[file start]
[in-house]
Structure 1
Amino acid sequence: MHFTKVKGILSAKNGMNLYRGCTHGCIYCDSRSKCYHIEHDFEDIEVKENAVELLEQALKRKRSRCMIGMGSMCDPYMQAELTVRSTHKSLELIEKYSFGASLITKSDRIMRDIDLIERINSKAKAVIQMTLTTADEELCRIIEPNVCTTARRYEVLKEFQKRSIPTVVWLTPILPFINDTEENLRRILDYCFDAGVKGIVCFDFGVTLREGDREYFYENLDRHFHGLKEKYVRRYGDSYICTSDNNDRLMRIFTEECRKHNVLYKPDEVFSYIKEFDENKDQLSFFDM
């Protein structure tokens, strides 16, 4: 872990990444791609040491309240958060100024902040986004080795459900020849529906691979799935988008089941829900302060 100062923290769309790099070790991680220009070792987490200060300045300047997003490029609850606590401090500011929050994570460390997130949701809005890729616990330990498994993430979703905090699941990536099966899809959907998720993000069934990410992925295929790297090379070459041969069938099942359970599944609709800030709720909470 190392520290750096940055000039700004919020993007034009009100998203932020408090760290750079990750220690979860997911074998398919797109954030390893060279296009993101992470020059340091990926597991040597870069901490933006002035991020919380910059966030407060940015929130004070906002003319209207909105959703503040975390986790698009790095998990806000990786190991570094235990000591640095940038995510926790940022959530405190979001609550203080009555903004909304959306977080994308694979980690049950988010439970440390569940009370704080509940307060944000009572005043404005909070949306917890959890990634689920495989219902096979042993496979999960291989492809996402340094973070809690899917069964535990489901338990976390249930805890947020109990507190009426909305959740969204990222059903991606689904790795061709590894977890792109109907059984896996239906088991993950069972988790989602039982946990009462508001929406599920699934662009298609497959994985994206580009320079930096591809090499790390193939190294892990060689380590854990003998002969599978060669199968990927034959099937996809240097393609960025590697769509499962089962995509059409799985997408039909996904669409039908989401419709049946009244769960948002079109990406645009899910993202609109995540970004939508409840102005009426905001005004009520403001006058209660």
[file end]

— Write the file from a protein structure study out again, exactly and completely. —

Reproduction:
[in-house]
Structure 1
Amino acid sequence: MHFTKVKGILSAKNGMNLYRGCTHGCIYCDSRSKCYHIEHDFEDIEVKENAVELLEQALKRKRSRCMIGMGSMCDPYMQAELTVRSTHKSLELIEKYSFGASLITKSDRIMRDIDLIERINSKAKAVIQMTLTTADEELCRIIEPNVCTTARRYEVLKEFQKRSIPTVVWLTPILPFINDTEENLRRILDYCFDAGVKGIVCFDFGVTLREGDREYFYENLDRHFHGLKEKYVRRYGDSYICTSDNNDRLMRIFTEECRKHNVLYKPDEVFSYIKEFDENKDQLSFFDM
């Protein structure tokens, strides 16, 4: 872990990444791609040491309240958060100024902040986004080795459900020849529906691979799935988008089941829900302060 100062923290769309790099070790991680220009070792987490200060300045300047997003490029609850606590401090500011929050994570460390997130949701809005890729616990330990498994993430979703905090699941990536099966899809959907998720993000069934990410992925295929790297090379070459041969069938099942359970599944609709800030709720909470 190392520290750096940055000039700004919020993007034009009100998203932020408090760290750079990750220690979860997911074998398919797109954030390893060279296009993101992470020059340091990926597991040597870069901490933006002035991020919380910059966030407060940015929130004070906002003319209207909105959703503040975390986790698009790095998990806000990786190991570094235990000591640095940038995510926790940022959530405190979001609550203080009555903004909304959306977080994308694979980690049950988010439970440390569940009370704080509940307060944000009572005043404005909070949306917890959890990634689920495989219902096979042993496979999960291989492809996402340094973070809690899917069964535990489901338990976390249930805890947020109990507190009426909305959740969204990222059903991606689904790795061709590894977890792109109907059984896996239906088991993950069972988790989602039982946990009462508001929406599920699934662009298609497959994985994206580009320079930096591809090499790390193939190294892990060689380590854990003998002969599978060669199968990927034959099937996809240097393609960025590697769509499962089962995509059409799985997408039909996904669409039908989401419709049946009244769960948002079109990406645009899910993202609109995540970004939508409840102005009426905001005004009520403001006058209660």